Discovering a Gem in the Ocean
All around Cleveland this spring, various theaters have been celebrating the works of August Wilson, a 20th-century, African-American playwright whose plays showcase and portray the African-American experience in America. His Pittsburgh Cycle chronicles 10 decades in 10 separate plays, many of which have recently been presented at local venues including Cleveland Play House, East Cleveland Theater and Karamu House.
I had the great pleasure of seeing, Gem of the Ocean, the first installment of Wilson’s Pittsburgh Cycle, but the last of the series brought to Cleveland stages at Karamu House. What I saw was a diverse cast with dynamic passions that jump off the stage and steal our hearts. Gem of the Ocean centers around an unconventional family of sorts living together in Pittsburgh’s Hill District in 1904. The matriarch, Aunt Ester, has a spiritual gift of cleansing souls. She is sought out by people who hear of her skills, one being Citizen Barlow, who comes to Aunt Ester to be renewed. Aunt Ester also befriends Solly Two Kings, a man born into slavery,
who once scouted for the Union army, and Black Mary, a woman searching to find herself in the midst of her own stubbornness. The group doesn’t proceed without obstacles, particularly Caesar Wilkes, an overbearing policeman who strives to keep order during a time of civil unrest.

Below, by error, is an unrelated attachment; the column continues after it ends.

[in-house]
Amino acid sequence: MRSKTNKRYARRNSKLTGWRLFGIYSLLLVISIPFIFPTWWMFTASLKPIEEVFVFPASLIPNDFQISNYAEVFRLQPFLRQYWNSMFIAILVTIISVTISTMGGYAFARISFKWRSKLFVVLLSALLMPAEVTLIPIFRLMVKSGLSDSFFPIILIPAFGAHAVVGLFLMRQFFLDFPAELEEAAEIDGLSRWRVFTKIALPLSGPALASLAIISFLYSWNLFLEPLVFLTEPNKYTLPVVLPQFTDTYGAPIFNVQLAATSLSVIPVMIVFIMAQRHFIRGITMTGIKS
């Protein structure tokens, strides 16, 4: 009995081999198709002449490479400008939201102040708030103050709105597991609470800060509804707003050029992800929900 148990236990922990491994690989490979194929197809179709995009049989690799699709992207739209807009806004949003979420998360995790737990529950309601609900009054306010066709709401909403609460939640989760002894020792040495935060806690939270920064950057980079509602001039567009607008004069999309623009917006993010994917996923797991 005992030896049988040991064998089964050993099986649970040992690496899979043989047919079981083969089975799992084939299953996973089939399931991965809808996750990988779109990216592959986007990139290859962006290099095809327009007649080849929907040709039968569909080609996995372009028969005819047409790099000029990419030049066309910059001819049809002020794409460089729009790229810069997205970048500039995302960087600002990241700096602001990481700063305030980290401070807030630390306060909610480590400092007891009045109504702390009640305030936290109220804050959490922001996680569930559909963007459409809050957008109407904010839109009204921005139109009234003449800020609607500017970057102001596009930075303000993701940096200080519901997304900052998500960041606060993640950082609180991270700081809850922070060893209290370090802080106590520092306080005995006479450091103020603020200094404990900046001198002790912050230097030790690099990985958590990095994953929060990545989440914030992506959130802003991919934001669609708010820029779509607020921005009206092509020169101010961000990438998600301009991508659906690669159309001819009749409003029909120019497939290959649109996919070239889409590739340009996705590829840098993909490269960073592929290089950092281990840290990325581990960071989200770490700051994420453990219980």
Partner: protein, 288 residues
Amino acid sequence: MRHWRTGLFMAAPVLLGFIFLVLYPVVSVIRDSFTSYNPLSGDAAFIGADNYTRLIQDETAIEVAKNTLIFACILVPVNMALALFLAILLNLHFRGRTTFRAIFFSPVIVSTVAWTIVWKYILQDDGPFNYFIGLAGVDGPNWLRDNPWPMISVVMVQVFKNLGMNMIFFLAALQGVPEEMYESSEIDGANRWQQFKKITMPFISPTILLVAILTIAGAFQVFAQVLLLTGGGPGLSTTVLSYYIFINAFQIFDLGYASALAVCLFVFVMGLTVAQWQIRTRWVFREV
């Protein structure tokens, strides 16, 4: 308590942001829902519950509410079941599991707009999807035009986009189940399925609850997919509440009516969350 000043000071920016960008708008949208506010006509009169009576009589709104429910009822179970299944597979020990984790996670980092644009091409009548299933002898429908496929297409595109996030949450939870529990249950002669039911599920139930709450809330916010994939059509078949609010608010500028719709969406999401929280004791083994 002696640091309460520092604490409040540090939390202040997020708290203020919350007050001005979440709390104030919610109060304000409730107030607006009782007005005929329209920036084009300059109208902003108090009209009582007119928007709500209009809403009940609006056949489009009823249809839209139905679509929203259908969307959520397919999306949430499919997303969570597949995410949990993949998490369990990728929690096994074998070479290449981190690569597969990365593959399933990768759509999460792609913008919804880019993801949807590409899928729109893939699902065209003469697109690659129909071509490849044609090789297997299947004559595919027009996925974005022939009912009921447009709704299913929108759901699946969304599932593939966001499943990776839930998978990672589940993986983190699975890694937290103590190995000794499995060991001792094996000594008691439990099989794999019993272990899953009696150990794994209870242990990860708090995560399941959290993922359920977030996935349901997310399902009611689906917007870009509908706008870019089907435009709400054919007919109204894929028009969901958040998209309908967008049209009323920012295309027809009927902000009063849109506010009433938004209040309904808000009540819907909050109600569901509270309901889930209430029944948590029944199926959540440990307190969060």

The play is a great story of love, power and redemption that is wonderfully executed by the cast at the Karamu House. They seem to capture the essence of the emotion and the mood of that era. It is no surprise that Karamu has such a seasoned and experienced group; they have been producing great plays for almost a century, and will celebrate their centennial in 2015. Karamu House is the oldest African-American playhouse in the nation, and has been home to some well-known alum including Langston Hughes, a famous black renaissance playwright; black exploitation film actor, Ron O’Neal, star of Superfly, and Robert Guillaume from TV’s Benson. Most recently, Karamu alumni, James Pickens Jr., from TV’s Grey’s Anatomy was honored with an NAACP Image Award. While Karamu House has launched the careers of several great actors, Ohio is noted for being the birthplace of many great actors according to Scene In Ohio.
Karamu House has a history of putting on very inspiring and beautifully directed performances. In the fall, the critically acclaimed, Broadway musical, The Color Purple will make its way to the Karamu stage, and during the winter holiday, Langston Hughes’ work, Black Nativity, will return. Gem of the Ocean is on stage now through June 3. For a complete listing of performances, visit www.karamuhouse.org.